Letters to the Editor


To the editor:

Whidbey Animals’ Improvement Foundation was formed 19 years ago by a group of individuals united by common purpose to improve the welfare of homeless cats and dogs on Whidbey Island. It continues to this day relying on management, staff and numerous volunteers to serve the animals that come into its care.

Shelter operations as well as other WAIF programs are heavily subsidized by private donations. WAIF could not do its work without the generous support of the communities it serves.

Just in the past 10 years, nearly 10,000 dogs and cats have passed through the facilities that WAIF manages. Many of these contacts are for just a day or two, as owners come in and redeem their missing pets. Those unclaimed or surrendered become available for adoption.

WAIF tries to see that its adoptions result in good matches for the animals as well as their prospective adopters. The vast majority of these contacts result in wonderful outcomes both for the adopters and their new pets.

WAIF operates “minimal-kill” facilities. This means animals are not automatically euthanized after they have been at the shelter for some fixed period of time. Under the terms of its contracts, WAIF must accept all stray animals which are brought in. WAIF, in addition to its commitment to the animals in its shelters, has a responsibility to the community at large.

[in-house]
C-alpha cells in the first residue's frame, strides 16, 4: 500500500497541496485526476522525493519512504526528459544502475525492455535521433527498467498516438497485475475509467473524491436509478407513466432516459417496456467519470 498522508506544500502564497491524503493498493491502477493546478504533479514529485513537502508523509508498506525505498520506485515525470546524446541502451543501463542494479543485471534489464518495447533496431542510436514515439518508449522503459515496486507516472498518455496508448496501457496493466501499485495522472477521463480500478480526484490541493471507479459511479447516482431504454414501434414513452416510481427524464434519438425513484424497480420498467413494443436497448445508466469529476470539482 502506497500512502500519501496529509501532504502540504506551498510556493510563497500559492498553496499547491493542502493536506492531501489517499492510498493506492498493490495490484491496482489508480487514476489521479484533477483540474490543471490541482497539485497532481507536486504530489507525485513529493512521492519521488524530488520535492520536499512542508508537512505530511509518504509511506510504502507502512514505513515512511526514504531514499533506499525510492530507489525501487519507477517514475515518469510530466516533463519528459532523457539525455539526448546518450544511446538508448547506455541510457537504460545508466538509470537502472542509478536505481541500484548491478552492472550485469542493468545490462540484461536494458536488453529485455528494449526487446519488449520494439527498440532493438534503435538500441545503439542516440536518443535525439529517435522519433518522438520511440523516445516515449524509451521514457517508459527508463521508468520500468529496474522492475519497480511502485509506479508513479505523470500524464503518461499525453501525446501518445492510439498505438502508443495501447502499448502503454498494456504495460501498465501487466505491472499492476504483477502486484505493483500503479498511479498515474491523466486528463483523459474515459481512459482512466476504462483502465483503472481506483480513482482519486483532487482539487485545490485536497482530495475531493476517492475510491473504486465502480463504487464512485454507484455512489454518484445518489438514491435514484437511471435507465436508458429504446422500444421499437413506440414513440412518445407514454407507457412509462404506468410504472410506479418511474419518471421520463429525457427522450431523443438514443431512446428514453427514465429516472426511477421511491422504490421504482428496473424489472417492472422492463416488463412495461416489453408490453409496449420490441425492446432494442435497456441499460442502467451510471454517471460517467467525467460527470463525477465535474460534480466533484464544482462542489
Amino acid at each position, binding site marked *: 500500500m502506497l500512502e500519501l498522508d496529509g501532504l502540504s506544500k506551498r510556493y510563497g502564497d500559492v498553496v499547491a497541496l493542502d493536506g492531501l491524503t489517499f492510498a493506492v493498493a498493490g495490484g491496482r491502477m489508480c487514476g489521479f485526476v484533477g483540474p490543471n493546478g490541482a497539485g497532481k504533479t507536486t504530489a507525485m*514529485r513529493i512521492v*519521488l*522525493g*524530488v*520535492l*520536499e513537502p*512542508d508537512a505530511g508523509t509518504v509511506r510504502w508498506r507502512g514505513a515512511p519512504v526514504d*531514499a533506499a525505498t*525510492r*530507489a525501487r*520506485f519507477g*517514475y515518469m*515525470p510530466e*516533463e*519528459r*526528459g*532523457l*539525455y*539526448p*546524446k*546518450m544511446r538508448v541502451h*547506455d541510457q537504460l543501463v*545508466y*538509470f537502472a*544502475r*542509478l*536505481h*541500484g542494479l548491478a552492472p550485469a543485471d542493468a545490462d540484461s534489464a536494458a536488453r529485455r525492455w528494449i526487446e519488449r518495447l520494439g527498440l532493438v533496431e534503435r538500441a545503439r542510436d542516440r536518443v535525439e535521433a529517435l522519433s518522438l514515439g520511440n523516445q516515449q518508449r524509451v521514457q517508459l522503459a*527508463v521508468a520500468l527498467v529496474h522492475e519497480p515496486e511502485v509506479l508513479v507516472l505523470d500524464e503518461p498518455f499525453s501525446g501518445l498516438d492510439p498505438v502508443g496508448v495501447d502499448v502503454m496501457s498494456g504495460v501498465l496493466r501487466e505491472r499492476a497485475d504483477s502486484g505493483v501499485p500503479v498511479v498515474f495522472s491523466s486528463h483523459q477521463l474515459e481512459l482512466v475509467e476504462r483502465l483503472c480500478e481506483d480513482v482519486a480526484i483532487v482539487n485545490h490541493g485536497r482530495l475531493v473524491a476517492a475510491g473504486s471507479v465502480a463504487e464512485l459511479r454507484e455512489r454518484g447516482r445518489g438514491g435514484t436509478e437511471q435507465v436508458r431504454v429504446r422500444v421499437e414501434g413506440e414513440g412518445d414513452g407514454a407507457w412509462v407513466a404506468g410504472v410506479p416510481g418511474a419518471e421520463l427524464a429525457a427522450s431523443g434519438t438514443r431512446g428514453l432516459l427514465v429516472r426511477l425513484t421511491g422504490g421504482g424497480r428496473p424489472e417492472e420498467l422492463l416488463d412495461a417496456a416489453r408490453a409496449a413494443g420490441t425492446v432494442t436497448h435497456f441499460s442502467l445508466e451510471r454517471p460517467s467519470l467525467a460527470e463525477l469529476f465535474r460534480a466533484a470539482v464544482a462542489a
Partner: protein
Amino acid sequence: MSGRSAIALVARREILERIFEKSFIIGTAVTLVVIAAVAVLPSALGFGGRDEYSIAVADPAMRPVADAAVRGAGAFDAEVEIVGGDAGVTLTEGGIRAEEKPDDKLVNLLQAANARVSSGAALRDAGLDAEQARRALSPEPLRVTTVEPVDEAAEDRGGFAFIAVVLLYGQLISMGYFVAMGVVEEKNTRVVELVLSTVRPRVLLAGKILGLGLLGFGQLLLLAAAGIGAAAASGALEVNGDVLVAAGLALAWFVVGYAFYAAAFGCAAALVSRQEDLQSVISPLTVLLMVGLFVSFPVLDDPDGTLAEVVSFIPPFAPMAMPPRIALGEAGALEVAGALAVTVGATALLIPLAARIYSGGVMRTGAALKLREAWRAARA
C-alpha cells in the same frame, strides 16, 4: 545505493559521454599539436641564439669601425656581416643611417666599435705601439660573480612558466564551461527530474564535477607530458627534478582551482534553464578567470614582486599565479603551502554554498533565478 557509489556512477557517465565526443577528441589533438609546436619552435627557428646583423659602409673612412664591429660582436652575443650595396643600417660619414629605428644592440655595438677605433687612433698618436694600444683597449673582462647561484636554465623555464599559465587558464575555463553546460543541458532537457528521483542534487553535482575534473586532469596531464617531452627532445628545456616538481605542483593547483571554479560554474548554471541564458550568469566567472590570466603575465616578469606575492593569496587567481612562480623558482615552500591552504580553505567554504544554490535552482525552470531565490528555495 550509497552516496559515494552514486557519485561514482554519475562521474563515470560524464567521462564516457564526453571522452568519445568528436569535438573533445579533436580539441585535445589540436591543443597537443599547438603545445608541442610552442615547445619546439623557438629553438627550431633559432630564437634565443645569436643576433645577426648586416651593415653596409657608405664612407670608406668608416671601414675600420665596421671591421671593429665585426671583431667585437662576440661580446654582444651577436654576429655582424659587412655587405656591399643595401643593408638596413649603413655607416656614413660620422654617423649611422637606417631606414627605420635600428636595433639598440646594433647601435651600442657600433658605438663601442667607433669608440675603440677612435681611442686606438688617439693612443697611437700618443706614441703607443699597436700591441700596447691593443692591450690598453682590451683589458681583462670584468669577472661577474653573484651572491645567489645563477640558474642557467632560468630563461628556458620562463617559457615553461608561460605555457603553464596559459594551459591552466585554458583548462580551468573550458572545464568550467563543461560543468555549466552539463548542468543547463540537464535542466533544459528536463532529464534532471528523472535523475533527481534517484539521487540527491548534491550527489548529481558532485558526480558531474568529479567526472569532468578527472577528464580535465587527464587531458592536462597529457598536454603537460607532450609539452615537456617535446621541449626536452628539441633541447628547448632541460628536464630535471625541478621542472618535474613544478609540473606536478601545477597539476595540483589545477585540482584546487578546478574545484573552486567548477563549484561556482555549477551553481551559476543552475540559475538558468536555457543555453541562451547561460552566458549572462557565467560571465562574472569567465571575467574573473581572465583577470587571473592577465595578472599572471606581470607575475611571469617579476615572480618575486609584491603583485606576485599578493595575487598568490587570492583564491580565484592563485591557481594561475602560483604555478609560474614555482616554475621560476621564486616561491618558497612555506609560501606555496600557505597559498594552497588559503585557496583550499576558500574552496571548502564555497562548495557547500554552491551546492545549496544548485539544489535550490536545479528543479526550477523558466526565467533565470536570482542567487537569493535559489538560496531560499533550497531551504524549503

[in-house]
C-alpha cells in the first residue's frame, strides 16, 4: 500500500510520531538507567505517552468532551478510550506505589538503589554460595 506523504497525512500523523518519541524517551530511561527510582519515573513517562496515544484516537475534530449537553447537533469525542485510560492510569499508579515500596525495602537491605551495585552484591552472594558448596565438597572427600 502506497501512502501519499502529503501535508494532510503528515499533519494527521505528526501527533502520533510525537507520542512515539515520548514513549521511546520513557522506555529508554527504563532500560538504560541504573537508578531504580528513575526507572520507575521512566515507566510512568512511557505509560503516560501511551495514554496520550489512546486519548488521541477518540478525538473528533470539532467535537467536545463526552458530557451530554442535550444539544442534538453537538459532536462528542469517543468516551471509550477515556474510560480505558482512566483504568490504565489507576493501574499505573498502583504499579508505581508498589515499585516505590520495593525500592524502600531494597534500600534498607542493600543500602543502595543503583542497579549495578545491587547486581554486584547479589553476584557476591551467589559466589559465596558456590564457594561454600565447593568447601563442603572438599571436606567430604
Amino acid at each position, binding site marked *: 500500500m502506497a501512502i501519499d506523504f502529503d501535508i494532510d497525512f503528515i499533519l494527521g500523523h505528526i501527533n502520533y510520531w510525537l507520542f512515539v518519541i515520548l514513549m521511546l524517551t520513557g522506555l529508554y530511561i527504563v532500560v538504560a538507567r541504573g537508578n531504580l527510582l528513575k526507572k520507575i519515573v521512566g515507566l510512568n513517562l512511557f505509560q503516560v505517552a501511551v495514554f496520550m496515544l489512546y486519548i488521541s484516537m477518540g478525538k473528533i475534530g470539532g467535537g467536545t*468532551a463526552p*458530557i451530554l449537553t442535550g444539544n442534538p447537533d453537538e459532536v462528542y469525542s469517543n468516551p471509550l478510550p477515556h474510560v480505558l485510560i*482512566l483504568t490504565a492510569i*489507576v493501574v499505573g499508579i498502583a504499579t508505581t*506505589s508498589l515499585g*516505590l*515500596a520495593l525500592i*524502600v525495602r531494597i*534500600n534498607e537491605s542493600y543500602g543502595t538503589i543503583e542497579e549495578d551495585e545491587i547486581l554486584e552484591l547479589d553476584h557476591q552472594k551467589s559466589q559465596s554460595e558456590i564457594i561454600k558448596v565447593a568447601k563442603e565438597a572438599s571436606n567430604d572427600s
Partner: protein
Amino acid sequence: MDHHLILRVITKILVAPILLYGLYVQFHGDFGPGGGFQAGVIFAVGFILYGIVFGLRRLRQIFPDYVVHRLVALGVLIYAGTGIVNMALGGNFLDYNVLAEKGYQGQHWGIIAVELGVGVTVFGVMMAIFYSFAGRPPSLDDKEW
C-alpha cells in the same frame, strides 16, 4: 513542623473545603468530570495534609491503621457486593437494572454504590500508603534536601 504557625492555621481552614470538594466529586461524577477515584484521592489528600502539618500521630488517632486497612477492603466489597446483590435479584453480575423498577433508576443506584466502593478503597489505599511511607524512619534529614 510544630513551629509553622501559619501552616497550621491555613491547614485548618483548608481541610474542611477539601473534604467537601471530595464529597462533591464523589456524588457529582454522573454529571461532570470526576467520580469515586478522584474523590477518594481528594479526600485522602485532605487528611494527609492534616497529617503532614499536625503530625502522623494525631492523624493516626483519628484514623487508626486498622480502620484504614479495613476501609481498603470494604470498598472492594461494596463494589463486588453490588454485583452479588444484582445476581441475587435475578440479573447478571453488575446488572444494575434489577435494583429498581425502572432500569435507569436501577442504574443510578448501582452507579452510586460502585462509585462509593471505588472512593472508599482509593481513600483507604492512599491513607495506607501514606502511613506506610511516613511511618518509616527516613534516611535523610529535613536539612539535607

It makes ongoing assessments, to the best of its ability and based on information at hand, of whether or not a particular animal poses an unreasonable risk to humans and/or other animals in the community. At times it exercises its responsibility and refuses to authorize an adoption based on those concerns. These decisions come after careful consideration and are not made in an arbitrary, indifferent or otherwise uncaring manner.

WAIF is a “we,” a group of ordinary people who make the time and/or financial commitment towards affecting some little difference in the lives of the many dogs and cats who find themselves homeless on our island. We have been volunteer dog walkers at the WAIF shelter in Coupeville for 11 years. Many WAIF volunteers have been here far longer. We are proud to be a part of this group.

If you are concerned about the homeless animals on Whidbey Island and have some time to spare, we ask you to consider volunteering at one of the shelters, cat adoption centers or thrift stores. There are times when volunteering at a shelter can be difficult. These are the times when we have to grit our teeth, choke back our tears, focus on the myriad animals that have been helped and continue to need our help, and get on with our work. The animals depend on all of us.

Gordon and Linda Griesbach


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